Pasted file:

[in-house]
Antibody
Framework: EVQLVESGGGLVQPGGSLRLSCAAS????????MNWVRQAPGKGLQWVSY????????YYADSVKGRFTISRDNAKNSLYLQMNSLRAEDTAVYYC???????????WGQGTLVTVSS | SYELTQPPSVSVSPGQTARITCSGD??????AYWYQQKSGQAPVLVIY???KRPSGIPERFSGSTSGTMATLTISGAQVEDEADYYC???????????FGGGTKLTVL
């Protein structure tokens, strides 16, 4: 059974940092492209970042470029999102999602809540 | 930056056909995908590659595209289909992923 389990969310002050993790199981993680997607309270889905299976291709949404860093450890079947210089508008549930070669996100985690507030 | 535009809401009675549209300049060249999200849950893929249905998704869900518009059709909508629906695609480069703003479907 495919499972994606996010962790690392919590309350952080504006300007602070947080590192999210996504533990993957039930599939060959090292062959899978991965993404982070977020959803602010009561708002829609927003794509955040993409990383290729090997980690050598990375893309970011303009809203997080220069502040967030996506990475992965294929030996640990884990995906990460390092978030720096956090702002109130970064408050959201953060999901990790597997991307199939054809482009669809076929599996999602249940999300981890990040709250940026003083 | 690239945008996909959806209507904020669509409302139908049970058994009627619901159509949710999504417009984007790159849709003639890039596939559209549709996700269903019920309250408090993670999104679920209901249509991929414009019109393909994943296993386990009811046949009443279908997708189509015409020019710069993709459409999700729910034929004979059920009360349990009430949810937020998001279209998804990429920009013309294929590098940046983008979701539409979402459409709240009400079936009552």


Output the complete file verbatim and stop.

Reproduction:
[in-house]
Antibody
Framework: EVQLVESGGGLVQPGGSLRLSCAAS????????MNWVRQAPGKGLQWVSY????????YYADSVKGRFTISRDNAKNSLYLQMNSLRAEDTAVYYC???????????WGQGTLVTVSS | SYELTQPPSVSVSPGQTARITCSGD??????AYWYQQKSGQAPVLVIY???KRPSGIPERFSGSTSGTMATLTISGAQVEDEADYYC???????????FGGGTKLTVL
């Protein structure tokens, strides 16, 4: 059974940092492209970042470029999102999602809540 | 930056056909995908590659595209289909992923 389990969310002050993790199981993680997607309270889905299976291709949404860093450890079947210089508008549930070669996100985690507030 | 535009809401009675549209300049060249999200849950893929249905998704869900518009059709909508629906695609480069703003479907 495919499972994606996010962790690392919590309350952080504006300007602070947080590192999210996504533990993957039930599939060959090292062959899978991965993404982070977020959803602010009561708002829609927003794509955040993409990383290729090997980690050598990375893309970011303009809203997080220069502040967030996506990475992965294929030996640990884990995906990460390092978030720096956090702002109130970064408050959201953060999901990790597997991307199939054809482009669809076929599996999602249940999300981890990040709250940026003083 | 690239945008996909959806209507904020669509409302139908049970058994009627619901159509949710999504417009984007790159849709003639890039596939559209549709996700269903019920309250408090993670999104679920209901249509991929414009019109393909994943296993386990009811046949009443279908997708189509015409020019710069993709459409999700729910034929004979059920009360349990009430949810937020998001279209998804990429920009013309294929590098940046983008979701539409979402459409709240009400079936009552």